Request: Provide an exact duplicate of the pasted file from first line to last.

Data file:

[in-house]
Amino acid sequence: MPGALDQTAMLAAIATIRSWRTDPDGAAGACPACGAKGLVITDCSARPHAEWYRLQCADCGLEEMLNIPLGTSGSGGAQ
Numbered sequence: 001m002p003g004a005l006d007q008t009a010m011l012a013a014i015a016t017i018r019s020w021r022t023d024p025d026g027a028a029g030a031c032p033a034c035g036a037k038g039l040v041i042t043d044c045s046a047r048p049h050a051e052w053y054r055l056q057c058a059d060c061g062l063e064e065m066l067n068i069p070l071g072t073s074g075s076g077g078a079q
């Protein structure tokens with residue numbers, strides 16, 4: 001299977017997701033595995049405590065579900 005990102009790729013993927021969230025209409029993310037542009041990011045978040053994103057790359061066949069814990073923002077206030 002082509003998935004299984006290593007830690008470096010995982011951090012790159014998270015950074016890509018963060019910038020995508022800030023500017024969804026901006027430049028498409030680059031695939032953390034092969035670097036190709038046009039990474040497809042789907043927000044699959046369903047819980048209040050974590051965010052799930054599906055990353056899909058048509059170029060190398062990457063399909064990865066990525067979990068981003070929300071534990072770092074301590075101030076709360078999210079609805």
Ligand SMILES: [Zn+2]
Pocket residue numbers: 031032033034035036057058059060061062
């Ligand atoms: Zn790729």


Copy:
[in-house]
Amino acid sequence: MPGALDQTAMLAAIATIRSWRTDPDGAAGACPACGAKGLVITDCSARPHAEWYRLQCADCGLEEMLNIPLGTSGSGGAQ
Numbered sequence: 001m002p003g004a005l006d007q008t009a010m011l012a013a014i015a016t017i018r019s020w021r022t023d024p025d026g027a028a029g030a031c032p033a034c035g036a037k038g039l040v041i042t043d044c045s046a047r048p049h050a051e052w053y054r055l056q057c058a059d060c061g062l063e064e065m066l067n068i069p070l071g072t073s074g075s076g077g078a079q
């Protein structure tokens with residue numbers, strides 16, 4: 001299977017997701033595995049405590065579900 005990102009790729013993927021969230025209409029993310037542009041990011045978040053994103057790359061066949069814990073923002077206030 002082509003998935004299984006290593007830690008470096010995982011951090012790159014998270015950074016890509018963060019910038020995508022800030023500017024969804026901006027430049028498409030680059031695939032953390034092969035670097036190709038046009039990474040497809042789907043927000044699959046369903047819980048209040050974590051965010052799930054599906055990353056899909058048509059170029060190398062990457063399909064990865066990525067979990068981003070929300071534990072770092074301590075101030076709360078999210079609805």
Ligand SMILES: [Zn+2]
Pocket residue numbers: 031032033034035036057058059060061062
């Ligand atoms: Zn790729």